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High school teachers who teach journalism may teach a variety of English courses, including journalism, or they may only teach journalism classes. Most high school journalism classes focus on the fundamentals of journalistic writing.
In the classroom, journalism teachers rely on a variety of teaching methods. They spend a great deal of time lecturing, but they also facilitate student discussion and develop projects and activities to interest the students in journalism. They make use of newspapers and other periodicals, show films and videos, use computers and the Internet, and bring in guest speakers (such as the publisher of the local newspaper or well-known journalists). They assign writing exercises and other projects. Journalism teachers often require their students to spend some amount of time working on the school's newspaper or yearbook.
Outside of the classroom, journalism teachers prepare lectures, lesson plans, and exams. They evaluate student work and calculate grades. In the process of planning their class, journalism teachers read newspapers and magazines and monitor other news sources, such as television, radio, and the Internet to determine class assignments; photocopy notes, articles, and other handouts; and develop grading policies. They also continue to study alternative and traditional teaching methods to hone their skills. They prepare students for special events and conferences and submit student work to competitions. Journalism teachers also have the opportunity for extracurricular work as advisers to the school's publications, such as the newspaper or yearbook.
Members of college and university faculty educate undergraduate or graduate students, or in some cases, both, in their areas of specialty. Journalism professors teach students about the fundamentals of journalistic writing, as well as more specialized topics such as investigative reporting, editorial writing, features writing, media criticism, and journalistic ethics. Some schools do not have a separate journalism department; many times journalism classes are taught under the auspices of the communications department.
The primary duty of a professor is his or her commitment to the students' education. Instruction takes place in the form of classroom lectures and in hands-on activities such as the actual publication of a newspaper, operation of a student-run television or radio station, or the creation of a news-based Web site. Textbooks usually supplement in-class learning, as do assignments, writing laboratories, exams, computers, local and national newspapers, and closed-circuit or cable television. Most professors teach three or four classes each week, totaling nine or 12 hours weekly. Much of a professor's time is spent preparing lectures and grading papers and exams, an additional two or three hours per class.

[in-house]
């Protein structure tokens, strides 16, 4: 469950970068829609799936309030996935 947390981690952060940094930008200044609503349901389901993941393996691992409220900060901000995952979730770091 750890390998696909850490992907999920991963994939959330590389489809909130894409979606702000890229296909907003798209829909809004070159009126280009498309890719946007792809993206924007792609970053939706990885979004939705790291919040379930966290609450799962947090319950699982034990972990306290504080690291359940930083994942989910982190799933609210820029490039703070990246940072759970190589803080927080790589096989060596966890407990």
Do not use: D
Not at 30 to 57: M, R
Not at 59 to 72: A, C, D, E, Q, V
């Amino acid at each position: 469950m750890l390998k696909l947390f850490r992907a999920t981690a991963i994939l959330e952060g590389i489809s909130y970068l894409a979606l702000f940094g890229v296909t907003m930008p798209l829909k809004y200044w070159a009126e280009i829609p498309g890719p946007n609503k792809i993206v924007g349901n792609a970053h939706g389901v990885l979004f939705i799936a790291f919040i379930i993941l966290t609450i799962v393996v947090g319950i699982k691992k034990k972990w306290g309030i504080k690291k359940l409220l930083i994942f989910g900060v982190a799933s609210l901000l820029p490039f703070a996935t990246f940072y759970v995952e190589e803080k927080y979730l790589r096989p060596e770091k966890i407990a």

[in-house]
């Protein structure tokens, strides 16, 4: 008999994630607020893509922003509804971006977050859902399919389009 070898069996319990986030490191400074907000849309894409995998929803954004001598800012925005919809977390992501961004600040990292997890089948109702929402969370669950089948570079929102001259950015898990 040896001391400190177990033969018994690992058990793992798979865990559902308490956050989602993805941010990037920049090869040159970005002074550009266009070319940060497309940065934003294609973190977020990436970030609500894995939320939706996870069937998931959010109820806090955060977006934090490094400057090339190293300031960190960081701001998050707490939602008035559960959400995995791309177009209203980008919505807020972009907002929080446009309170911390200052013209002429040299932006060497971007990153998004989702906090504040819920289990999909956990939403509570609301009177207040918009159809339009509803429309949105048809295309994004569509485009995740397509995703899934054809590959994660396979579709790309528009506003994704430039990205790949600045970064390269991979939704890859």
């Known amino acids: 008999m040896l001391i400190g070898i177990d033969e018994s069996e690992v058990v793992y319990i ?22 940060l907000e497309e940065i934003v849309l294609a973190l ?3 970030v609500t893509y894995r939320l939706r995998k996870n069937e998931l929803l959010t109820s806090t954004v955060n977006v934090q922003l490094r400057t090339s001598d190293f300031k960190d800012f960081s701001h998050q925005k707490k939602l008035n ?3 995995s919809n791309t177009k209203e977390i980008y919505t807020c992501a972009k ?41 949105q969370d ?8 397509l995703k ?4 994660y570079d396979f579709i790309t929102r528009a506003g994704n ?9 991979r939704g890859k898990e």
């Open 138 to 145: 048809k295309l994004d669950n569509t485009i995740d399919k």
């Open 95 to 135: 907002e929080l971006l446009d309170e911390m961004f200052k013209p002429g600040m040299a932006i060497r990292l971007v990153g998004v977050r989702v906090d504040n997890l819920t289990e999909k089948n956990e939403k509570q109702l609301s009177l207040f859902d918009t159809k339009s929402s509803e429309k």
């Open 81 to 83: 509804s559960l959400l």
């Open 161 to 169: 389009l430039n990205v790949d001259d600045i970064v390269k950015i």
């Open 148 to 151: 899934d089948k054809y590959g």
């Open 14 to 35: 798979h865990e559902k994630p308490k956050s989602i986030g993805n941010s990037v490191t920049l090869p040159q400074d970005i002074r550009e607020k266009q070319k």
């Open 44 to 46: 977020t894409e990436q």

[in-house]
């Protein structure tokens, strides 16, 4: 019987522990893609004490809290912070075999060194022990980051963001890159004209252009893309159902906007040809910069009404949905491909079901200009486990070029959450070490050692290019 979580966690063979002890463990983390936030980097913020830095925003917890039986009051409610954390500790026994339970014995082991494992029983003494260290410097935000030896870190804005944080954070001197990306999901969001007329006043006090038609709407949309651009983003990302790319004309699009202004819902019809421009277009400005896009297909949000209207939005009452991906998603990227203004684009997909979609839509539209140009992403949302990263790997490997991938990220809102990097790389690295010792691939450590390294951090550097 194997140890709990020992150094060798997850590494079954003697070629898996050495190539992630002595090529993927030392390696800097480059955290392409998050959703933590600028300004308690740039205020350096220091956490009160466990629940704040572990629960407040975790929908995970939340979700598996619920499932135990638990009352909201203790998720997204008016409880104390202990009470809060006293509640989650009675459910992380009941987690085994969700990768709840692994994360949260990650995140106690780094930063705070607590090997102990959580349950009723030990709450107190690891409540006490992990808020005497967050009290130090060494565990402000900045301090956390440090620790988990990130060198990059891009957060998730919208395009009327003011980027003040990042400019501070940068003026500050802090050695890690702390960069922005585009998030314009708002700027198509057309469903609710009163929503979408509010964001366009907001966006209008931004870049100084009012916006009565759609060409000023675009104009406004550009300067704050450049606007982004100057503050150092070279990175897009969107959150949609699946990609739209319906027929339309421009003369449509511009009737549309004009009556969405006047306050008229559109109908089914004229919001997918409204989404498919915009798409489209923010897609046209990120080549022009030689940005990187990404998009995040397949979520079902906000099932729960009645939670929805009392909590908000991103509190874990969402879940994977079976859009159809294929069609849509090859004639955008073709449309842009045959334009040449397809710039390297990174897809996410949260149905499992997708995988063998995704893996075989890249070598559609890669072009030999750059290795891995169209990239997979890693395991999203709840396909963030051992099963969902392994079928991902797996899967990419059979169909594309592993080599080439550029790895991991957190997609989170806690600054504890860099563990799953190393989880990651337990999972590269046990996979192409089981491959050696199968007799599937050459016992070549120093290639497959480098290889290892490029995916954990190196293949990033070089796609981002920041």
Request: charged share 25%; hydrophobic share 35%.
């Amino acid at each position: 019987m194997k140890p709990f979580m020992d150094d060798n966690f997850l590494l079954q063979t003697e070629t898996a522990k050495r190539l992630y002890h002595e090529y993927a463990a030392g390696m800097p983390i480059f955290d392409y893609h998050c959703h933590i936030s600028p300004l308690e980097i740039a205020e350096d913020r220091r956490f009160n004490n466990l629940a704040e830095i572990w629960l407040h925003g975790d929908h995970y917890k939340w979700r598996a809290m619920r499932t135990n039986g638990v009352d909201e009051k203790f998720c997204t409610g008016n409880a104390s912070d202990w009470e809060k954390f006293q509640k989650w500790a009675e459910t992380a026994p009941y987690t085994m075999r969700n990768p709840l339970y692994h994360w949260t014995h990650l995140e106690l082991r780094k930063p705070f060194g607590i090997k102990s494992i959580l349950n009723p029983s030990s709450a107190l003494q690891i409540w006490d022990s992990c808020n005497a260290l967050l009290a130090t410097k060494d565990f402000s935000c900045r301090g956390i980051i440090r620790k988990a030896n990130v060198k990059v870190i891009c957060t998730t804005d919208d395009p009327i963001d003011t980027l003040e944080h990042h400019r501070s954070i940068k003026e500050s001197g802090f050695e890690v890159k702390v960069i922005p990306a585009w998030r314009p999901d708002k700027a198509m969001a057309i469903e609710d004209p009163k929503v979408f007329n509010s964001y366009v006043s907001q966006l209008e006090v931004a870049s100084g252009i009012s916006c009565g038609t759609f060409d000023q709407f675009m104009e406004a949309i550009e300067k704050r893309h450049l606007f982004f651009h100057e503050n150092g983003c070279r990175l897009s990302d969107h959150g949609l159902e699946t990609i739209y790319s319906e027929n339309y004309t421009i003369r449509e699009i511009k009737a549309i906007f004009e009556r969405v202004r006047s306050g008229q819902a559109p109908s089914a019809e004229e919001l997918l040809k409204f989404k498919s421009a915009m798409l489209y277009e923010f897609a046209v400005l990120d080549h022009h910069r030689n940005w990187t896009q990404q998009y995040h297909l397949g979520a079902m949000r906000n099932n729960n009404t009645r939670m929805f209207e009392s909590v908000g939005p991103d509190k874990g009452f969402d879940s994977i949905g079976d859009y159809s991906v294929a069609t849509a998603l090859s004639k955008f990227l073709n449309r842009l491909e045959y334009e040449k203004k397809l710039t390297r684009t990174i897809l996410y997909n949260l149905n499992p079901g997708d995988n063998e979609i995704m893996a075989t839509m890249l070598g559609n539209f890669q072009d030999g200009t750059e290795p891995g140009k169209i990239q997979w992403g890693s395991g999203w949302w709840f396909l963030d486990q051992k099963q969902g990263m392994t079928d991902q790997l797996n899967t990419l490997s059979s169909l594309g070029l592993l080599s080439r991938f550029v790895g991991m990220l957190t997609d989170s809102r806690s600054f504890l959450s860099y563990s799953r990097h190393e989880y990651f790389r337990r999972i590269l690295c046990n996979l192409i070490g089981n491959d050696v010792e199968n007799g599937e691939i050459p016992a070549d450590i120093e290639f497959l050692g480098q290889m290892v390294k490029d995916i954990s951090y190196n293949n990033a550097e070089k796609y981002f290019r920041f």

Journalism professors may also act as advisers for students. They set a certain amount of time aside to help students schedule a beneficial program of study, answer questions regarding their major, or any other aspects of college life. Not all professors serve as advisers; those who do may have a reduced teaching schedule to compensate.
Serving on department committees is another part of a professor's job. Topics such as academic or departmental issues, department budgets, equipment, new hires, or course curricula are often raised and discussed. Research and publishing both are very important responsibilities for professors. Publishing is a necessity to get and keep tenure-track positions. Tenure is a teaching status granted after a trial period that protects teachers from being fired without just cause. Professors who conduct research usually publish their findings in academic journals or books. In fact, college and university faculty members write many textbooks.
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